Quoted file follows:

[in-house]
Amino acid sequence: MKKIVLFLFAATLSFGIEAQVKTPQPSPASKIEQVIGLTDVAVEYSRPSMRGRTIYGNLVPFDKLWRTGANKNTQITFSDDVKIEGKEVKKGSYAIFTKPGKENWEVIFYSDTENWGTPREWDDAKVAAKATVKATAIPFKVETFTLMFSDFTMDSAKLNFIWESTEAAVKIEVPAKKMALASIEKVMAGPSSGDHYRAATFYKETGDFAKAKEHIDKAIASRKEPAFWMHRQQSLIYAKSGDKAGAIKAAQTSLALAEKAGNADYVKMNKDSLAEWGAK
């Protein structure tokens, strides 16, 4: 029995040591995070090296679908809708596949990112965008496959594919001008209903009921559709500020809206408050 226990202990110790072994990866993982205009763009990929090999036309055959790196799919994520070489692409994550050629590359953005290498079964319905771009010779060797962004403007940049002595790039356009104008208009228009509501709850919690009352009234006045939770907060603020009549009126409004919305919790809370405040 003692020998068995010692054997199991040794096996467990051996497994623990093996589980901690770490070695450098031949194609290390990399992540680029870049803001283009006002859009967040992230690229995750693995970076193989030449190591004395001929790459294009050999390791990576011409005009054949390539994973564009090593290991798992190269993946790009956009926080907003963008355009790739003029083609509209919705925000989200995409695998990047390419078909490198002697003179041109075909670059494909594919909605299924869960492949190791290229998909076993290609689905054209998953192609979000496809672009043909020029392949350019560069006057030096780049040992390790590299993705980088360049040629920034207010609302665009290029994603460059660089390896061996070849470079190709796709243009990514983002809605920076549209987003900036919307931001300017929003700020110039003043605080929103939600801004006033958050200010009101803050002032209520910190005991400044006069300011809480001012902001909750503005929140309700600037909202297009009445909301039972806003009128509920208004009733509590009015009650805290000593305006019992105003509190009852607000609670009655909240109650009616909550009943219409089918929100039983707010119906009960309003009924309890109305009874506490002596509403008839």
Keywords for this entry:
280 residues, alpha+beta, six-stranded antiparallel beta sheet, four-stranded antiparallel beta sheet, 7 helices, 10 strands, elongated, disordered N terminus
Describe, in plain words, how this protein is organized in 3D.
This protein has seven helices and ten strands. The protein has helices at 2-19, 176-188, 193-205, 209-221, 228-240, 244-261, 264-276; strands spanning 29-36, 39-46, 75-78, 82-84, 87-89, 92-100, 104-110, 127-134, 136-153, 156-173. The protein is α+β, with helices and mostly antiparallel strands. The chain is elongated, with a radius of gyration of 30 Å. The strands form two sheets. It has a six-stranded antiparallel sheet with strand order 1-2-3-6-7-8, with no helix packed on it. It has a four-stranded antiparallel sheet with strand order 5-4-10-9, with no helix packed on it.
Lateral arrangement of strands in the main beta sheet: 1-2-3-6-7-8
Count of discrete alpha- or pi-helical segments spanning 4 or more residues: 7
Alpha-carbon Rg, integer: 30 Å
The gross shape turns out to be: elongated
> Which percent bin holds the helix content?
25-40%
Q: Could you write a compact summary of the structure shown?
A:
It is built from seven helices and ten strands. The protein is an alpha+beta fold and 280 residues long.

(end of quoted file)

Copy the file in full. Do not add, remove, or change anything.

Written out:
[in-house]
Amino acid sequence: MKKIVLFLFAATLSFGIEAQVKTPQPSPASKIEQVIGLTDVAVEYSRPSMRGRTIYGNLVPFDKLWRTGANKNTQITFSDDVKIEGKEVKKGSYAIFTKPGKENWEVIFYSDTENWGTPREWDDAKVAAKATVKATAIPFKVETFTLMFSDFTMDSAKLNFIWESTEAAVKIEVPAKKMALASIEKVMAGPSSGDHYRAATFYKETGDFAKAKEHIDKAIASRKEPAFWMHRQQSLIYAKSGDKAGAIKAAQTSLALAEKAGNADYVKMNKDSLAEWGAK
């Protein structure tokens, strides 16, 4: 029995040591995070090296679908809708596949990112965008496959594919001008209903009921559709500020809206408050 226990202990110790072994990866993982205009763009990929090999036309055959790196799919994520070489692409994550050629590359953005290498079964319905771009010779060797962004403007940049002595790039356009104008208009228009509501709850919690009352009234006045939770907060603020009549009126409004919305919790809370405040 003692020998068995010692054997199991040794096996467990051996497994623990093996589980901690770490070695450098031949194609290390990399992540680029870049803001283009006002859009967040992230690229995750693995970076193989030449190591004395001929790459294009050999390791990576011409005009054949390539994973564009090593290991798992190269993946790009956009926080907003963008355009790739003029083609509209919705925000989200995409695998990047390419078909490198002697003179041109075909670059494909594919909605299924869960492949190791290229998909076993290609689905054209998953192609979000496809672009043909020029392949350019560069006057030096780049040992390790590299993705980088360049040629920034207010609302665009290029994603460059660089390896061996070849470079190709796709243009990514983002809605920076549209987003900036919307931001300017929003700020110039003043605080929103939600801004006033958050200010009101803050002032209520910190005991400044006069300011809480001012902001909750503005929140309700600037909202297009009445909301039972806003009128509920208004009733509590009015009650805290000593305006019992105003509190009852607000609670009655909240109650009616909550009943219409089918929100039983707010119906009960309003009924309890109305009874506490002596509403008839």
Keywords for this entry:
280 residues, alpha+beta, six-stranded antiparallel beta sheet, four-stranded antiparallel beta sheet, 7 helices, 10 strands, elongated, disordered N terminus
Describe, in plain words, how this protein is organized in 3D.
This protein has seven helices and ten strands. The protein has helices at 2-19, 176-188, 193-205, 209-221, 228-240, 244-261, 264-276; strands spanning 29-36, 39-46, 75-78, 82-84, 87-89, 92-100, 104-110, 127-134, 136-153, 156-173. The protein is α+β, with helices and mostly antiparallel strands. The chain is elongated, with a radius of gyration of 30 Å. The strands form two sheets. It has a six-stranded antiparallel sheet with strand order 1-2-3-6-7-8, with no helix packed on it. It has a four-stranded antiparallel sheet with strand order 5-4-10-9, with no helix packed on it.
Lateral arrangement of strands in the main beta sheet: 1-2-3-6-7-8
Count of discrete alpha- or pi-helical segments spanning 4 or more residues: 7
Alpha-carbon Rg, integer: 30 Å
The gross shape turns out to be: elongated
> Which percent bin holds the helix content?
25-40%
Q: Could you write a compact summary of the structure shown?
A:
It is built from seven helices and ten strands. The protein is an alpha+beta fold and 280 residues long.